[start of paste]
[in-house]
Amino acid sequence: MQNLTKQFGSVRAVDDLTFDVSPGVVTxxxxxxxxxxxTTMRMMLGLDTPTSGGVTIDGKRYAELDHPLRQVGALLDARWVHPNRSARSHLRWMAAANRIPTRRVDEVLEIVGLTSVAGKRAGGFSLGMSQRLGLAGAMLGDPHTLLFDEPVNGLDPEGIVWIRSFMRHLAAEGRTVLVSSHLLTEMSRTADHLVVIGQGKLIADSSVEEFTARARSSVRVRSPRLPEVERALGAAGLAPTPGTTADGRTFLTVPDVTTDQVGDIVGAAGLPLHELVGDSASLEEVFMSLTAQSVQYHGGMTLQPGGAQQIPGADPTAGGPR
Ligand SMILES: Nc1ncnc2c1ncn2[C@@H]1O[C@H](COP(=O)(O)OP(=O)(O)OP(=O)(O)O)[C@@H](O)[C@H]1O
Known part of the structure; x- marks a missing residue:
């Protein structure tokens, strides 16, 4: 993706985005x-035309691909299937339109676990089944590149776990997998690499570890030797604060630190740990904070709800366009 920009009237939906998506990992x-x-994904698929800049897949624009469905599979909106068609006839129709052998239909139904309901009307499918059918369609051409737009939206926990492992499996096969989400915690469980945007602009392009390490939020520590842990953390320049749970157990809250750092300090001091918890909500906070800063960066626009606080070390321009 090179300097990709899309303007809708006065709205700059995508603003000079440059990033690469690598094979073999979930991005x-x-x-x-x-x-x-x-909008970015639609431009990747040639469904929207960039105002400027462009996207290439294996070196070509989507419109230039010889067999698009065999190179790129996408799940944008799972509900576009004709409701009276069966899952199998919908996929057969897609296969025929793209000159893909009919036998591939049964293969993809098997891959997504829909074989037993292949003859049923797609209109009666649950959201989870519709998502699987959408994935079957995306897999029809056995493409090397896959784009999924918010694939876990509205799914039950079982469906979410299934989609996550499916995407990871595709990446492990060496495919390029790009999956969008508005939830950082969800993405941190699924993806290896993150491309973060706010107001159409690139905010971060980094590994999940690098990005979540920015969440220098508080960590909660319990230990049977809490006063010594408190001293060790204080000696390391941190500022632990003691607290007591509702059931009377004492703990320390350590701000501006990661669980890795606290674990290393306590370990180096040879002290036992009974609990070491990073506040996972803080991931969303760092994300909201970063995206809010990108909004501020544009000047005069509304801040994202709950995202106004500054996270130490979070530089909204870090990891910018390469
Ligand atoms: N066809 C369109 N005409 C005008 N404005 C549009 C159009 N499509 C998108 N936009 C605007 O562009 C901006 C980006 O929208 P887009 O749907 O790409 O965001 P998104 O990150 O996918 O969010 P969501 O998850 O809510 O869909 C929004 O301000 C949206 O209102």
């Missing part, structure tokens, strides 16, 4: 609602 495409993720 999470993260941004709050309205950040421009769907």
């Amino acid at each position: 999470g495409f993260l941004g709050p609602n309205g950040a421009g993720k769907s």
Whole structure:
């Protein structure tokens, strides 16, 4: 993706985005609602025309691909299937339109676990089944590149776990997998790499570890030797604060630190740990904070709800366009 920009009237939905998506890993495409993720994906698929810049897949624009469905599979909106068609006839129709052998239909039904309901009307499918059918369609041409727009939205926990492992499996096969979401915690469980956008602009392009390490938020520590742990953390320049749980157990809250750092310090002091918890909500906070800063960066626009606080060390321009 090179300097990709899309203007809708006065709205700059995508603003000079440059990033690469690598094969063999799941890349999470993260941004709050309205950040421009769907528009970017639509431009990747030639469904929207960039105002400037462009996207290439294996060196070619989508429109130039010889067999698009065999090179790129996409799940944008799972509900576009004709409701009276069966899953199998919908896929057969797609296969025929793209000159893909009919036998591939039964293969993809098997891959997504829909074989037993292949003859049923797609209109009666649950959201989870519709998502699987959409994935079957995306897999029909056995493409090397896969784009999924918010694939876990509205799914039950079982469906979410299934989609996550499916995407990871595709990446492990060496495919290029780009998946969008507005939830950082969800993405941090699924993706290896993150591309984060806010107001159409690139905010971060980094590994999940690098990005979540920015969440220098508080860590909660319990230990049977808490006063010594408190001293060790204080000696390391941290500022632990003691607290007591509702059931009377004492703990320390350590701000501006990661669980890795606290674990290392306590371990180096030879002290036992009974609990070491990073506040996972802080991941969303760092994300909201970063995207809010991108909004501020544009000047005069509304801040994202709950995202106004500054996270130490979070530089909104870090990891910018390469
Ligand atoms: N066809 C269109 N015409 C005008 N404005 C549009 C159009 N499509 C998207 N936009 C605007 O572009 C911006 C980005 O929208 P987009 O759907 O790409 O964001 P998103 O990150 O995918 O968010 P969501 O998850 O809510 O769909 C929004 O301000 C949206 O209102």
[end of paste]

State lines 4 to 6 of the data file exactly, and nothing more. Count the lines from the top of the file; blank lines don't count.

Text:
Known part of the structure; x- marks a missing residue:
């Protein structure tokens, strides 16, 4: 993706985005x-035309691909299937339109676990089944590149776990997998690499570890030797604060630190740990904070709800366009 920009009237939906998506990992x-x-994904698929800049897949624009469905599979909106068609006839129709052998239909139904309901009307499918059918369609051409737009939206926990492992499996096969989400915690469980945007602009392009390490939020520590842990953390320049749970157990809250750092300090001091918890909500906070800063960066626009606080070390321009 090179300097990709899309303007809708006065709205700059995508603003000079440059990033690469690598094979073999979930991005x-x-x-x-x-x-x-x-909008970015639609431009990747040639469904929207960039105002400027462009996207290439294996070196070509989507419109230039010889067999698009065999190179790129996408799940944008799972509900576009004709409701009276069966899952199998919908996929057969897609296969025929793209000159893909009919036998591939049964293969993809098997891959997504829909074989037993292949003859049923797609209109009666649950959201989870519709998502699987959408994935079957995306897999029809056995493409090397896959784009999924918010694939876990509205799914039950079982469906979410299934989609996550499916995407990871595709990446492990060496495919390029790009999956969008508005939830950082969800993405941190699924993806290896993150491309973060706010107001159409690139905010971060980094590994999940690098990005979540920015969440220098508080960590909660319990230990049977809490006063010594408190001293060790204080000696390391941190500022632990003691607290007591509702059931009377004492703990320390350590701000501006990661669980890795606290674990290393306590370990180096040879002290036992009974609990070491990073506040996972803080991931969303760092994300909201970063995206809010990108909004501020544009000047005069509304801040994202709950995202106004500054996270130490979070530089909204870090990891910018390469
Ligand atoms: N066809 C369109 N005409 C005008 N404005 C549009 C159009 N499509 C998108 N936009 C605007 O562009 C901006 C980006 O929208 P887009 O749907 O790409 O965001 P998104 O990150 O996918 O969010 P969501 O998850 O809510 O869909 C929004 O301000 C949206 O209102």